Each month in Ask UXmatters, our expert panel answers a reader’s question about any of a variety of user experience matters. To receive answers to your question in an upcoming edition of Ask UXmatters, please send your questions to: [email protected].
The following experts have contributed answers to this edition of Ask UXmatters:
- Pabini Gabriel-Petit—Principal Consultant at Strategic UX; Publisher and Editor in Chief, UXmatters; Founding Director of Interaction Design Association (IxDA); UXmatters columnist
- Steven Hoober—Mobile Interaction Designer and Owner at 4ourth Mobile; author of Designing Mobile Interfaces; UXmatters columnist
- Jordan Julien—Founder of Hostile Sheep Research & Design
- Gavin Lew—Managing Director at Bold Insight
Q: What are some of the challenges one faces when creating a UX department within a large, established company, and what are the best ways to overcome them?—from a UXmatters reader
“Are you creating a UX department or the UX department within your organization?” asks Steven. “This is a critical distinction. You cannot create a UX team and expect it to magically improve everything. Are you providing UX support to an individual product team or business unit, or are you trying to create a culture in which User Experience informs the way your entire company looks at your customers and pursues product development?
“The main difference is the level of buy-in you need to create each type of UX team. To support a product team or business unit, you must have the support of that team—or at least the team leadership of all constituencies. If Development or Product Management or Marketing doesn’t want you there, you’ll have little impact.
“But if it’s a small group, all you have to do is get in front of them and explain what you do,” suggests Steven. “I like holding workshops to help product teams understand the UX design process. If you can get a few hours with everyone, invite them over, deliver your pitch, and do some hands-on, collaborative work with them so they can see what it is that User Experience does to improve products.
“To create a UX team that works across an organization, you need the highest-level buy-in you can get—preferably from a chief officer, who will publicly acknowledge and back up the team whenever there’s a problem. Ideally, the UX team needs actual power that derives from a department head of suitable stature. A lowly Manager of User Experience cannot generally get a lot done because, when push comes to shove, a VP or a C-level leader will all too often opt for cheap, fast, technical solutions. If, as a UX leader, your stature within a corporation is too low, people won’t even read your emails or come to your meetings.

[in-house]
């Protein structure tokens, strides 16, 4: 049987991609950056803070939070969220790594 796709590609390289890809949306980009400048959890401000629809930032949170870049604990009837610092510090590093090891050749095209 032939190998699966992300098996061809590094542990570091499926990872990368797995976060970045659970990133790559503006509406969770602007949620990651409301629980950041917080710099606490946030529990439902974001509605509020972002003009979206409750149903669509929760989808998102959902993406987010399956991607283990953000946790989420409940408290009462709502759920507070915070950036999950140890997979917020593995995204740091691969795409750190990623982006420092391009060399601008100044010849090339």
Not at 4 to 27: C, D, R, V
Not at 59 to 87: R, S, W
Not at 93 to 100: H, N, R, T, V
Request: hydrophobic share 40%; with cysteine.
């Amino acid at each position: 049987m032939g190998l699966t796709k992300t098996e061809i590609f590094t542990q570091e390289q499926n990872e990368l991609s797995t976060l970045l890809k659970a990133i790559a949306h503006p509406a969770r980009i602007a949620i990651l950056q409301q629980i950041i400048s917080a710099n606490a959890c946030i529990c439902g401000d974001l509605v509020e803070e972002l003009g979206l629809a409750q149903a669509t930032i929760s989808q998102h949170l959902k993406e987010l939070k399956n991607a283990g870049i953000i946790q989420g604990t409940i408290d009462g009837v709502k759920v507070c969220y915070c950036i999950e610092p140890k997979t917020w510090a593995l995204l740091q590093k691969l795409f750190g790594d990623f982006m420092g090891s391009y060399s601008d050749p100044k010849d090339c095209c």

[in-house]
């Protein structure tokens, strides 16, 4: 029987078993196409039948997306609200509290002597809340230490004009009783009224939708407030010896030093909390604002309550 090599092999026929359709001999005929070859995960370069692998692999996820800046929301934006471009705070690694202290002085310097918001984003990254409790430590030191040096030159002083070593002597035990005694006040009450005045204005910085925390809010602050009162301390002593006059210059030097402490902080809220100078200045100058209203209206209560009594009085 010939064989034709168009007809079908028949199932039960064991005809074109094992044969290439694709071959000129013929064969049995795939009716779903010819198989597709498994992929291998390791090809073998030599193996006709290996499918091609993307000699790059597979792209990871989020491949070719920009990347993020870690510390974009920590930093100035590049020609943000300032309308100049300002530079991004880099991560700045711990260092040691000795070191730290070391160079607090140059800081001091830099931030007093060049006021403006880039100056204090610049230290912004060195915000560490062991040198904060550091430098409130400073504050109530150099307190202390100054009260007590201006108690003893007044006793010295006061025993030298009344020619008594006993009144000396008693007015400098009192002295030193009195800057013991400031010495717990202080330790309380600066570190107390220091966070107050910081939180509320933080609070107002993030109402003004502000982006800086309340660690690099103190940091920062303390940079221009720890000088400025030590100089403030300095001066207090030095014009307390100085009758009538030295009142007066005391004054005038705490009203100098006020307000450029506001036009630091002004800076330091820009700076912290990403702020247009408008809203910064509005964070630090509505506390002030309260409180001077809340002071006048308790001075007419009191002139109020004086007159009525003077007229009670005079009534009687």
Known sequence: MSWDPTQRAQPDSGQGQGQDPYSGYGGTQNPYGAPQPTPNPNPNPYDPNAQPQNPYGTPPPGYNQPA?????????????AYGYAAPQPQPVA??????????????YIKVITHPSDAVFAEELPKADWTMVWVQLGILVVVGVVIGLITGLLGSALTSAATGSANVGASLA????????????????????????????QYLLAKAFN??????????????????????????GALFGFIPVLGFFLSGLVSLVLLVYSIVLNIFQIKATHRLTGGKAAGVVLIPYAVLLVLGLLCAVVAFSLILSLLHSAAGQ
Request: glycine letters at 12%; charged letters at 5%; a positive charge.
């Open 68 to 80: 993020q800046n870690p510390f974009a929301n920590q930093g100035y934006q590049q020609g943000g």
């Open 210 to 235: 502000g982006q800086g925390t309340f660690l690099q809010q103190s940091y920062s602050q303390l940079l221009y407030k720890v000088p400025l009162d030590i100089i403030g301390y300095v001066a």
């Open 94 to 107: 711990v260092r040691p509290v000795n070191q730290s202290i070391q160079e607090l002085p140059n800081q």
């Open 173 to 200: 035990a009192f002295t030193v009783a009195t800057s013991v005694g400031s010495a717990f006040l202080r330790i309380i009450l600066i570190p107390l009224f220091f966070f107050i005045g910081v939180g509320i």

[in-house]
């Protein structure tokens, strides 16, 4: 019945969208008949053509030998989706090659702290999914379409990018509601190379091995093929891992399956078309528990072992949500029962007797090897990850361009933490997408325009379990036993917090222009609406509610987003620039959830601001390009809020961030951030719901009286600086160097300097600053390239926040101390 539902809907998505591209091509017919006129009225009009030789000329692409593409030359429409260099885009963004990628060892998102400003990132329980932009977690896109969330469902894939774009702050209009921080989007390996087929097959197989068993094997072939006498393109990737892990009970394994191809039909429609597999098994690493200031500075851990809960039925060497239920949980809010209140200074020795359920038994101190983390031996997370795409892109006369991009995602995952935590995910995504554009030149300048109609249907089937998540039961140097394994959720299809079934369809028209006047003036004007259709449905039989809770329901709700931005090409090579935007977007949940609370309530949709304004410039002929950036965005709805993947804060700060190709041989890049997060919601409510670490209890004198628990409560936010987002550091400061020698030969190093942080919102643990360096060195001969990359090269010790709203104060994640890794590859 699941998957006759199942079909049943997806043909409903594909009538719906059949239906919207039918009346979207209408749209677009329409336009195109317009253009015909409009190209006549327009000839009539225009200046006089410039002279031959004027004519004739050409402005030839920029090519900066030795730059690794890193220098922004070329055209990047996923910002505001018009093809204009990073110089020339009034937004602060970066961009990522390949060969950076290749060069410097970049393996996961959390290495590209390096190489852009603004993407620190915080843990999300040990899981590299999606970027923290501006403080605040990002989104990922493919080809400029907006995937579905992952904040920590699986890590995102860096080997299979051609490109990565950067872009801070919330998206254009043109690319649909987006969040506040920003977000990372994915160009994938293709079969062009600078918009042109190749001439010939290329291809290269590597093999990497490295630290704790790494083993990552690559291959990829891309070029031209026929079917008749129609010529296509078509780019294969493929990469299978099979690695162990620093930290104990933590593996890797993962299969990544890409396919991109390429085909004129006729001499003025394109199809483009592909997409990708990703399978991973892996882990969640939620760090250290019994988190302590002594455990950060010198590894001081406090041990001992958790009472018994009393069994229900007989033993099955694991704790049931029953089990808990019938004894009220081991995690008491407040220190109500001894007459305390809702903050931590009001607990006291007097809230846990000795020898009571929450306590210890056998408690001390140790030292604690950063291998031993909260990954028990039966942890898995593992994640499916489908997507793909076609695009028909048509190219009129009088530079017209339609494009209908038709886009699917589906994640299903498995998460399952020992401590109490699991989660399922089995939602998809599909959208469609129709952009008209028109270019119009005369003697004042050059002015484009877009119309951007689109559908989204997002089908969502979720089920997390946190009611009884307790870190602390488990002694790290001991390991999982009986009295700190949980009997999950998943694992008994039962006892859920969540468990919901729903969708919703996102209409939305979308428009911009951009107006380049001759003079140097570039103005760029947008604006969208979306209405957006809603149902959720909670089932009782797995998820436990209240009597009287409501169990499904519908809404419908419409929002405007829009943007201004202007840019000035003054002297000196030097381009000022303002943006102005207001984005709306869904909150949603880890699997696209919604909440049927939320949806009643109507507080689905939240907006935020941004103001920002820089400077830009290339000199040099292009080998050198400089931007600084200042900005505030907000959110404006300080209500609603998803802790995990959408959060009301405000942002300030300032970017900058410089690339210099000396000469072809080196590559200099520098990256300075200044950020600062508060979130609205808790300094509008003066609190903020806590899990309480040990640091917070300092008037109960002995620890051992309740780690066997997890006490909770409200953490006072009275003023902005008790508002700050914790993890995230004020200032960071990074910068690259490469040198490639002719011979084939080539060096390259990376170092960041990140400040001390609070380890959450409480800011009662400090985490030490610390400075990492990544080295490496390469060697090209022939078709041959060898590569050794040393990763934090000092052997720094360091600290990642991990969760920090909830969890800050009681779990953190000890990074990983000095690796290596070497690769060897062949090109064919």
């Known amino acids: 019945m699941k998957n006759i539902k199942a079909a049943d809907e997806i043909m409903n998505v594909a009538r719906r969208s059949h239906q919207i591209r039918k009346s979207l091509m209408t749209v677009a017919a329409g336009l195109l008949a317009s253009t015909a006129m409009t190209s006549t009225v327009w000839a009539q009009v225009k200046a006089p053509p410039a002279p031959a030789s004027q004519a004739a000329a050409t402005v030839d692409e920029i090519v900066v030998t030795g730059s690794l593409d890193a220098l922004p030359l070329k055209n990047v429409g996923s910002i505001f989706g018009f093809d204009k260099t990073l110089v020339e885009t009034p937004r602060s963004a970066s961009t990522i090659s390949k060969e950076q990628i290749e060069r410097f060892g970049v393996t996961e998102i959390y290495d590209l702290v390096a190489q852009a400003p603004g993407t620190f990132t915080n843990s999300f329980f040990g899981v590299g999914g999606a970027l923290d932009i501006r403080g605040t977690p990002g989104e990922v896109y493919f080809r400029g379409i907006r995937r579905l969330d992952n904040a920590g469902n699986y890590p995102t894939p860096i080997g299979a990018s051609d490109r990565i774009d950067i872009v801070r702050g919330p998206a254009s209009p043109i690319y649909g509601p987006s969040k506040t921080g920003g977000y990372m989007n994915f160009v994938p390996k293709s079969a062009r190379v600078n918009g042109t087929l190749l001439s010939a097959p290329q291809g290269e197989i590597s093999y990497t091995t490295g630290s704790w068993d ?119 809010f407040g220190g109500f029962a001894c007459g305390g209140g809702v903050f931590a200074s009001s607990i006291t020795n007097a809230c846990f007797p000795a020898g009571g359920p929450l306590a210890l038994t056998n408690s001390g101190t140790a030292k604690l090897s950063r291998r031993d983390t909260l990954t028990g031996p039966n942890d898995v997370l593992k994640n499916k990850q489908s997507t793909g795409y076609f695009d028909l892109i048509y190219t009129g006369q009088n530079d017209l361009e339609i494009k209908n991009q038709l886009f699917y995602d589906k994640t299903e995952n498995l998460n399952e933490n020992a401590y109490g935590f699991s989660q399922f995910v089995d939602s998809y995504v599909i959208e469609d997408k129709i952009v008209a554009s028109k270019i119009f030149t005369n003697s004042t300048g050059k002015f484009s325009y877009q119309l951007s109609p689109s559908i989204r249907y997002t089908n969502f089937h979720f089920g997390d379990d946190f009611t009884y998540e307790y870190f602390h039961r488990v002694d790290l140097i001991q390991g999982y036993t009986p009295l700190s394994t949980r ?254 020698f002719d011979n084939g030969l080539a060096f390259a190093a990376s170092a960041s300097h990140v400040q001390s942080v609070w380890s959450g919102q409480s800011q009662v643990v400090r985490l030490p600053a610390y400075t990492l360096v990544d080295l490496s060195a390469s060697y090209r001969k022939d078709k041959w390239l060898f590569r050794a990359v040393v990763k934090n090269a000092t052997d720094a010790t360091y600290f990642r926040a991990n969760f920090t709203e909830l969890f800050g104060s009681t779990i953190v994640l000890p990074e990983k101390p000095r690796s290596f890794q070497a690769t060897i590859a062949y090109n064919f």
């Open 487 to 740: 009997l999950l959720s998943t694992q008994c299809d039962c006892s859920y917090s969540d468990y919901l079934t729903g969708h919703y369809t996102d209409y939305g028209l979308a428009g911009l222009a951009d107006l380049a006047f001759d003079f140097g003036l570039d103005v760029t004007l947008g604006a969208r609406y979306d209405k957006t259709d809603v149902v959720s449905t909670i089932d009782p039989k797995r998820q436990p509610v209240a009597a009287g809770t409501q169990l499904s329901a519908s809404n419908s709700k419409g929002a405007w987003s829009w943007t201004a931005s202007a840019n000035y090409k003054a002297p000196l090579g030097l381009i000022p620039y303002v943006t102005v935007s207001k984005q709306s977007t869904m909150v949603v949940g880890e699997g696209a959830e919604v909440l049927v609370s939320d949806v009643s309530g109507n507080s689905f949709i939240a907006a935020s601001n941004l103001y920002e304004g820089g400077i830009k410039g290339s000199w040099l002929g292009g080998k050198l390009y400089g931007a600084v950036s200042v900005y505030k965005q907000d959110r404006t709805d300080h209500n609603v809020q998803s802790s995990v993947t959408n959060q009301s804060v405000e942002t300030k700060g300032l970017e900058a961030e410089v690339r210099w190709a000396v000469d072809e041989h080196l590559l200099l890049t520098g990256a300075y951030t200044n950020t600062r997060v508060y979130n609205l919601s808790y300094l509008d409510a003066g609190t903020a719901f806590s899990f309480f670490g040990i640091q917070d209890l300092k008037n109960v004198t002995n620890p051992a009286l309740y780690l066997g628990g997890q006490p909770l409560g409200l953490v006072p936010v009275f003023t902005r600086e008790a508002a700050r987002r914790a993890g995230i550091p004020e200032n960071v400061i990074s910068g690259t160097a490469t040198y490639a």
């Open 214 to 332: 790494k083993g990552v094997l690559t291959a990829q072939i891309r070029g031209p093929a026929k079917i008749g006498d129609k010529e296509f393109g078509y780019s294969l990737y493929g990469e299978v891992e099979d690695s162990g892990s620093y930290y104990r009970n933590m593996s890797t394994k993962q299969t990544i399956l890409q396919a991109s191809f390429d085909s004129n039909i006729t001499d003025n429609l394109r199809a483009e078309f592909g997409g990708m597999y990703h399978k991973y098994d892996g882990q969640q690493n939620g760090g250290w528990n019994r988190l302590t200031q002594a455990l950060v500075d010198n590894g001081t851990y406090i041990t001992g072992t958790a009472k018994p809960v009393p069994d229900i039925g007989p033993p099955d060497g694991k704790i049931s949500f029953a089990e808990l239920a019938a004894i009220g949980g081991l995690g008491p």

“In either case, in addition to a mandate from your company’s leadership, you also need a UX design process. User Experience needs to be involved early on in the product-development process, be part of every decision; and establish that its role is not about creating pretty, pixel-perfect designs, but about user advocacy. You need to document what you do for everyone. Think about setting corporate-level standards and guidelines for design, for architecture, and even ethical design.”
Establishing User Experience Within Your Organization
“Successfully establishing User Experience within your organization requires more than simply hiring a UX team,” answers Pabini. “Your corporate executives must be committed to delivering great experience outcomes. This means investing adequately in User Experience, hiring UX leaders and team leads who are peers with the leaders of the other disciplines in product development, and hiring sufficient user researchers and designers. Jim Nieters and I discussed many of the issues relating to leading successful UX teams in our Leadership Matters column, ‘UX Leadership, Part 2: What Great Leaders Must Do.’
“It is important for User Experience to establish a design process that both integrates well with an organization’s overall product-development process and enables UX professionals to contribute maximal value to the organization. Often, enterprises with long-established development processes that have never taken User Experience into account, resist making the changes that are necessary to integrate User Experience successfully. I have explored the design process in depth in my UXmatters article ‘Design Is a Process, Not a Methodology.’” Ensuring that User Experience delivers maximal value means doing user research up front, taking a strategic approach to UX design, and ensuring that multidisciplinary product teams make decisions collaboratively.”